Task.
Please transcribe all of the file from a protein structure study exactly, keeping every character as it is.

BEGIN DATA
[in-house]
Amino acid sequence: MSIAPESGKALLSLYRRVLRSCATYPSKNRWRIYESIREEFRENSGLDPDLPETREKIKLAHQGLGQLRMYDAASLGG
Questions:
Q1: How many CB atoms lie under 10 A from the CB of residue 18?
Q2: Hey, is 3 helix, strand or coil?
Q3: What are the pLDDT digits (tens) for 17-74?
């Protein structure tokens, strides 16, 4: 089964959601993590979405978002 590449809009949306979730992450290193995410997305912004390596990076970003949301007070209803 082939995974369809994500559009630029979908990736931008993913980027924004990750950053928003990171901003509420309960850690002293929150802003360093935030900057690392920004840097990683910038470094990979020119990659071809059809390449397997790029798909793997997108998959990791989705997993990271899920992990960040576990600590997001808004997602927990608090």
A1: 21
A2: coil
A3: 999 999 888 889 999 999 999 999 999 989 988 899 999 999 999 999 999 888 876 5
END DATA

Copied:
[in-house]
Amino acid sequence: MSIAPESGKALLSLYRRVLRSCATYPSKNRWRIYESIREEFRENSGLDPDLPETREKIKLAHQGLGQLRMYDAASLGG
Questions:
Q1: How many CB atoms lie under 10 A from the CB of residue 18?
Q2: Hey, is 3 helix, strand or coil?
Q3: What are the pLDDT digits (tens) for 17-74?
């Protein structure tokens, strides 16, 4: 089964959601993590979405978002 590449809009949306979730992450290193995410997305912004390596990076970003949301007070209803 082939995974369809994500559009630029979908990736931008993913980027924004990750950053928003990171901003509420309960850690002293929150802003360093935030900057690392920004840097990683910038470094990979020119990659071809059809390449397997790029798909793997997108998959990791989705997993990271899920992990960040576990600590997001808004997602927990608090």
A1: 21
A2: coil
A3: 999 999 888 889 999 999 999 999 999 989 988 899 999 999 999 999 999 888 876 5